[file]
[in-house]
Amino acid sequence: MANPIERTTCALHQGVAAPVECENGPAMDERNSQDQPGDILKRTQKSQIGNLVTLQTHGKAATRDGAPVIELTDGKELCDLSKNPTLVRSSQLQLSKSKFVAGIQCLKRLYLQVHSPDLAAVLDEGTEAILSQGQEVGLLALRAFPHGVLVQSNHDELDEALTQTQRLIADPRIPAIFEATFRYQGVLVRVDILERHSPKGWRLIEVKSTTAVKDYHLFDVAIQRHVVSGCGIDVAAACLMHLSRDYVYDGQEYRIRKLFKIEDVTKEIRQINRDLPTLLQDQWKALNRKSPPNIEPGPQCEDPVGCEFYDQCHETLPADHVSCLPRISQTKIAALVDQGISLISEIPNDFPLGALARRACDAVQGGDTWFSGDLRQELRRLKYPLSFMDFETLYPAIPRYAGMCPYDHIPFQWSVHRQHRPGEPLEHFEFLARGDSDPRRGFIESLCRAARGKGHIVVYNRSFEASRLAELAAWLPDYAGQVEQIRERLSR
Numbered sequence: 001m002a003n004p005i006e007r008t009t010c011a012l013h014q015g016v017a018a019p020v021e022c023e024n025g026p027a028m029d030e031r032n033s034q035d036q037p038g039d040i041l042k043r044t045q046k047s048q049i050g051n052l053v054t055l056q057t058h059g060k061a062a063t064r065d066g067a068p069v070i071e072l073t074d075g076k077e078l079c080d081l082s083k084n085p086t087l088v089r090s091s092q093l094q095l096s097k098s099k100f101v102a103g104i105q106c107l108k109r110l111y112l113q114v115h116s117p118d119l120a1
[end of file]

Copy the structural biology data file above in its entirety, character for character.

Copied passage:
[in-house]
Amino acid sequence: MANPIERTTCALHQGVAAPVECENGPAMDERNSQDQPGDILKRTQKSQIGNLVTLQTHGKAATRDGAPVIELTDGKELCDLSKNPTLVRSSQLQLSKSKFVAGIQCLKRLYLQVHSPDLAAVLDEGTEAILSQGQEVGLLALRAFPHGVLVQSNHDELDEALTQTQRLIADPRIPAIFEATFRYQGVLVRVDILERHSPKGWRLIEVKSTTAVKDYHLFDVAIQRHVVSGCGIDVAAACLMHLSRDYVYDGQEYRIRKLFKIEDVTKEIRQINRDLPTLLQDQWKALNRKSPPNIEPGPQCEDPVGCEFYDQCHETLPADHVSCLPRISQTKIAALVDQGISLISEIPNDFPLGALARRACDAVQGGDTWFSGDLRQELRRLKYPLSFMDFETLYPAIPRYAGMCPYDHIPFQWSVHRQHRPGEPLEHFEFLARGDSDPRRGFIESLCRAARGKGHIVVYNRSFEASRLAELAAWLPDYAGQVEQIRERLSR
Numbered sequence: 001m002a003n004p005i006e007r008t009t010c011a012l013h014q015g016v017a018a019p020v021e022c023e024n025g026p027a028m029d030e031r032n033s034q035d036q037p038g039d040i041l042k043r044t045q046k047s048q049i050g051n052l053v054t055l056q057t058h059g060k061a062a063t064r065d066g067a068p069v070i071e072l073t074d075g076k077e078l079c080d081l082s083k084n085p086t087l088v089r090s091s092q093l094q095l096s097k098s099k100f101v102a103g104i105q106c107l108k109r110l111y112l113q114v115h116s117p118d119l120a1